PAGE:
Everyday white loaf
This recipe is based on one that I made at bread school day course at the Míele Experience Centre.
- 15g fresh yeast
- 300ml (approx) sparkling water, at room temperature (see Chef's notes below)
- 500g strong white bread flour
- ¾ teaspoon salt
- 15g olive oil
- Crumble and dissolve the yeast in half of the water.
- Sieve the flour and salt into a mixing bowl.
- Cut the butter into the flour and thoroughly rub it in.
- When the yeast has dissolved mix it in with the flour and add the rest of the water as needed to form a moist dough - it is better for the dough to be a little bit too wet than too dry.
- Leave to rest for 10 minutes.
- Lightly flour a work surface and your hands and knead the dough for about 10 minutes until smooth and elastic. Don't worry about the dough sticking to your hands as it will become less moist as you work it.
- Shape into a ball, place in an oiled bowl and cover with clingfilm.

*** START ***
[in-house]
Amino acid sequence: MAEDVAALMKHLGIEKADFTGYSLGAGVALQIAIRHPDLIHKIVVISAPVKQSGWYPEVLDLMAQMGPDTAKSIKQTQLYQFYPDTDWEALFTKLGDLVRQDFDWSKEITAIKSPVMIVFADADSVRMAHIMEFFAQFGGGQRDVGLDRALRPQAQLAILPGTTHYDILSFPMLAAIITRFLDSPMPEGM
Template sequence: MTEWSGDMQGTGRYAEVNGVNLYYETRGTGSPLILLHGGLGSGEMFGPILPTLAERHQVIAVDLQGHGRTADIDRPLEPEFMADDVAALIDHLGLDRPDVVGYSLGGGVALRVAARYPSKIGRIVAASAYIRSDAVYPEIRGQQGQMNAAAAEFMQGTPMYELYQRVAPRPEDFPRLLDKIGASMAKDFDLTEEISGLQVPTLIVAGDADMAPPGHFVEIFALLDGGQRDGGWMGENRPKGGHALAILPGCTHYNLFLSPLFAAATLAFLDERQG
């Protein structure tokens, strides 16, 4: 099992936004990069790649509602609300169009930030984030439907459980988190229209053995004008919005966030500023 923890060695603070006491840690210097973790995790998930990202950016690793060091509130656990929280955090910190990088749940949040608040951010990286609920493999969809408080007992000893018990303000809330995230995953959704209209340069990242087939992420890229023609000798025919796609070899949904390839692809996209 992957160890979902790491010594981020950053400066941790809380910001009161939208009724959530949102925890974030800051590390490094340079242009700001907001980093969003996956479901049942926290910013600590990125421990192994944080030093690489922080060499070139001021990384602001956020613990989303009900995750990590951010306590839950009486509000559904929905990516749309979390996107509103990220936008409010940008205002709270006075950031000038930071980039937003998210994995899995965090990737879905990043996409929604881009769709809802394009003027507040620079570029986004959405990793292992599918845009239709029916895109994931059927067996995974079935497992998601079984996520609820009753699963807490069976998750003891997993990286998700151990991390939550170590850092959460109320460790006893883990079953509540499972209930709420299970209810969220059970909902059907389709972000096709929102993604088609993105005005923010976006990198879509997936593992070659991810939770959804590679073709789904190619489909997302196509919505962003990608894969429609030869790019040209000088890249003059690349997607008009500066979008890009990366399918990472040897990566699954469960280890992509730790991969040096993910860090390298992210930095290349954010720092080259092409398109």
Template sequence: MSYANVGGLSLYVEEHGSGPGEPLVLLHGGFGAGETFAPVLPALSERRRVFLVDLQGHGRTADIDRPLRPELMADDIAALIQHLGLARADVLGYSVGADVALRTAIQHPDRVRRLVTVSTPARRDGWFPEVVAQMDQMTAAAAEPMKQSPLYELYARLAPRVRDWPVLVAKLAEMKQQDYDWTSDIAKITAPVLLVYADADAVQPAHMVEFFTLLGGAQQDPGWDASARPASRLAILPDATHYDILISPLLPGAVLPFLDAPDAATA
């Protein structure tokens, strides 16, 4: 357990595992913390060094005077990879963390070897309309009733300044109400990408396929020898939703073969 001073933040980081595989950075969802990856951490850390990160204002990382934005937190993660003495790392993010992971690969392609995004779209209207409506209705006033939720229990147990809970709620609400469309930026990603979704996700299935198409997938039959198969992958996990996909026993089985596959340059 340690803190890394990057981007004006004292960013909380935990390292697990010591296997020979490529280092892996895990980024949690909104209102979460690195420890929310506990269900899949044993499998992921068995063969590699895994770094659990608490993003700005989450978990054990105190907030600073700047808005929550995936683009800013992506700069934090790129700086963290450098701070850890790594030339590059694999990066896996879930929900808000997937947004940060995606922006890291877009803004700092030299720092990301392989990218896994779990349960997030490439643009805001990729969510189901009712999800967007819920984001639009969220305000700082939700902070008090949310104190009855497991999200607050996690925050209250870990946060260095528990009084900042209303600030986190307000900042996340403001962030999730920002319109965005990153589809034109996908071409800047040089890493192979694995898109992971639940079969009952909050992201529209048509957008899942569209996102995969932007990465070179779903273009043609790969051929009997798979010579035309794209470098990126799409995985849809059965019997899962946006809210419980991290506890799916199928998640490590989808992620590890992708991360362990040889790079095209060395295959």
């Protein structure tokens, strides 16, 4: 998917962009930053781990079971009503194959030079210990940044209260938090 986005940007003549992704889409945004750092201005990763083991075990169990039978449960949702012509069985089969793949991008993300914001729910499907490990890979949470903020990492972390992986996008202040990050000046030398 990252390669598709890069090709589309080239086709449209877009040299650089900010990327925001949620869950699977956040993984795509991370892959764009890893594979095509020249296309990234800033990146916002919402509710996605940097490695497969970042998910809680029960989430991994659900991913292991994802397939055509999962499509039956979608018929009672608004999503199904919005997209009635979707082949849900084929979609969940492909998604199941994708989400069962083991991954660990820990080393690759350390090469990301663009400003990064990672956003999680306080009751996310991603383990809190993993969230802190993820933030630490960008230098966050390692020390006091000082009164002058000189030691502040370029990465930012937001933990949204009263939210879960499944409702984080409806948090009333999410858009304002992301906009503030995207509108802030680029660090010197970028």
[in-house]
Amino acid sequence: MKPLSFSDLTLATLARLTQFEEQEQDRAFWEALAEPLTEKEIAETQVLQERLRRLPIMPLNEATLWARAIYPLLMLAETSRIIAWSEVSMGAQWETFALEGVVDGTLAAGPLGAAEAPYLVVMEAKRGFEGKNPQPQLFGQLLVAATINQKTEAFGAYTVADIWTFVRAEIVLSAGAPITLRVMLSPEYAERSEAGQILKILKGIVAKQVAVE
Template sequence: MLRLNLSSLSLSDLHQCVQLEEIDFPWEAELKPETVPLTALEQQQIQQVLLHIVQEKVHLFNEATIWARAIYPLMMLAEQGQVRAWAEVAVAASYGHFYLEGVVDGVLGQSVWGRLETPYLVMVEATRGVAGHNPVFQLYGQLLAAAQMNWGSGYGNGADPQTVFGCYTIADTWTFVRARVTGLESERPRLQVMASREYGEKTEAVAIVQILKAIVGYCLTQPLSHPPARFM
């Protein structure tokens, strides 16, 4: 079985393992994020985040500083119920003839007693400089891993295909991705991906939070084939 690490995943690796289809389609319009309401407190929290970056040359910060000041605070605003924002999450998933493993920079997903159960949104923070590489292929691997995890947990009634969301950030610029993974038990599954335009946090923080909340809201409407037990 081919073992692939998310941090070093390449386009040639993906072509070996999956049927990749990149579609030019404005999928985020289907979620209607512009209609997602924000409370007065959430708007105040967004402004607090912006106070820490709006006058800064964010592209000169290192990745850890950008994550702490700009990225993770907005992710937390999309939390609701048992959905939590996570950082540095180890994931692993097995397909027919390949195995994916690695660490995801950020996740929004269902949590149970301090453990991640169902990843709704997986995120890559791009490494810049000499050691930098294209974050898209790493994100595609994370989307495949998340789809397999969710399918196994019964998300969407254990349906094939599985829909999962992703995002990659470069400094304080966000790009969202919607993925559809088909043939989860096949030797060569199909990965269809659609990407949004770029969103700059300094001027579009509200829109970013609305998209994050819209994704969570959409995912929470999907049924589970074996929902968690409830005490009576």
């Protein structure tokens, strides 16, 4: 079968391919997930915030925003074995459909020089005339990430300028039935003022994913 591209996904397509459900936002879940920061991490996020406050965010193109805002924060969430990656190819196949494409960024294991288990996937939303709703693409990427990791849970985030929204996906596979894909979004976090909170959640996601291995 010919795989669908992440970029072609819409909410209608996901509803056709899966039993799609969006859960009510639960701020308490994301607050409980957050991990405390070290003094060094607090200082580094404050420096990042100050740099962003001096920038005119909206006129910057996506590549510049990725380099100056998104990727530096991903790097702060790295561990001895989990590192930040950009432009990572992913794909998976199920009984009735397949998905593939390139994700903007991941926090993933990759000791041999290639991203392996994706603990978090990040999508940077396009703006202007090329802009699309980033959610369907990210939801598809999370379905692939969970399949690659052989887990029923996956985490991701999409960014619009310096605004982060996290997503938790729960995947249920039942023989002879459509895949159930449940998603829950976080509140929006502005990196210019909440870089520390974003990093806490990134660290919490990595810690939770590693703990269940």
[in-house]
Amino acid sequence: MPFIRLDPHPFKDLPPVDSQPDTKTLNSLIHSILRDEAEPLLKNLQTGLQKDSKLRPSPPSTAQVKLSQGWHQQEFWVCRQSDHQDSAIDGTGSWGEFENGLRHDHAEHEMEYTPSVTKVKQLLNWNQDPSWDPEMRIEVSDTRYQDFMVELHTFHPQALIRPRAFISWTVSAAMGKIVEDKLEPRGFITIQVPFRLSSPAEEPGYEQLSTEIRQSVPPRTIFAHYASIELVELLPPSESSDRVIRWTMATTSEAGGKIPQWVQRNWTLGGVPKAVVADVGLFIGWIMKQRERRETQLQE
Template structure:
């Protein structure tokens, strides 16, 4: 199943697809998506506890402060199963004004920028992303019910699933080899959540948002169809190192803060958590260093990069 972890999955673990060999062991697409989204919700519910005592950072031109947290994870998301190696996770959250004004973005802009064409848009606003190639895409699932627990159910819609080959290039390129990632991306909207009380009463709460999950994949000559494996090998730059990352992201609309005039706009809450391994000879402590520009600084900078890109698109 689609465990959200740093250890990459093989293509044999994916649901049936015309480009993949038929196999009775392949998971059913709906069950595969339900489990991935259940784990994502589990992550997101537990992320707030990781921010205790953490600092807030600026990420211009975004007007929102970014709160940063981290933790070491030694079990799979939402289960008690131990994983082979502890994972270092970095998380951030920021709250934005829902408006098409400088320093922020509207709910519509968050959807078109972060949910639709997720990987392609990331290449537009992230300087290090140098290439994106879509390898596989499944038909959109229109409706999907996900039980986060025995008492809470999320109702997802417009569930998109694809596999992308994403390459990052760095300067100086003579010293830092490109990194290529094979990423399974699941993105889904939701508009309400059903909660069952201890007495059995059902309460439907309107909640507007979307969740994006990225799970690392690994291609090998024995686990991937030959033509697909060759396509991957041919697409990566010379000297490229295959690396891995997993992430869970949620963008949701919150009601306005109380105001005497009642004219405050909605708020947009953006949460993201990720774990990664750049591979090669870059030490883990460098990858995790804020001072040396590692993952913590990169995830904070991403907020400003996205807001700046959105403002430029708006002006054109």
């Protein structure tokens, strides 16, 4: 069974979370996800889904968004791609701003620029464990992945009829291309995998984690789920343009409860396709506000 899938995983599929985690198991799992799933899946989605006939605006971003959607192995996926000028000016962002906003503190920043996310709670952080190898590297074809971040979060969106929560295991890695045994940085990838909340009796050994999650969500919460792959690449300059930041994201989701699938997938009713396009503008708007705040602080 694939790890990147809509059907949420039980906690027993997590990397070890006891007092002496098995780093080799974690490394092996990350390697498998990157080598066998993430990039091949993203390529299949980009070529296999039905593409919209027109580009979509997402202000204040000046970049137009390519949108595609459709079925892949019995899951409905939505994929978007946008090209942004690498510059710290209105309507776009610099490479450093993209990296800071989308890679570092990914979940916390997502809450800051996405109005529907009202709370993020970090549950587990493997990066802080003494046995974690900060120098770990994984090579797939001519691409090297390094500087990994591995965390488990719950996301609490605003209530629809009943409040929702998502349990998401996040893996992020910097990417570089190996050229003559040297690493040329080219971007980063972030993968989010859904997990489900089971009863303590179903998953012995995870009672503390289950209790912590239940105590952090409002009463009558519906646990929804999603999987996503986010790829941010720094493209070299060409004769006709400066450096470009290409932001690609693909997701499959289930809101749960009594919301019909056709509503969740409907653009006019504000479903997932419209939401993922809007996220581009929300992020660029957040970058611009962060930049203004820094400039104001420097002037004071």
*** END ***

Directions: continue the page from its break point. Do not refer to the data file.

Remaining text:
- Leave until the dough has almost doubled in size (about an hour).
- Gently knock back with your finger tips and repeat steps 7 and 8, but the proving should only take about 45 minutes.
- Gently knock back again, face downards into a rectangle, one side being the same length as the tin.
- Roll the dough towards you as tightly as you can.
- Flatten and stretch the ends and tuck them underneath so that they meet up in the middle.
- Place into a 900g / 2lb loaf tin, cover with clingfilm and prove until the dough reaches the top of the tin.
- Make some diagonal slashes across the top or one long one across the lenghth and bake at 220° C (425° F - gas 7), [fan oven 200° C & reduce cooking time by 10 mins per hour] for 30-35 minutes until golden.
- Cool completely on a wire rack.
The first 4 stages can be done in a food mixer.
Stages 1-9 can be done in a breadmaker on the longest dough setting. Panasonic SD253 breadmaker, this is French dough, for the Panasonic SD-ZB2502 automatic breadmaker, use menu option 21, French dough.
The amount of water you need can depend on the heat and humidity of your kitchen. It can also depend on the flour you are using. I used very strong Canadian bread flour, which like wholemeal, needs much more water than ordinary bread flour.
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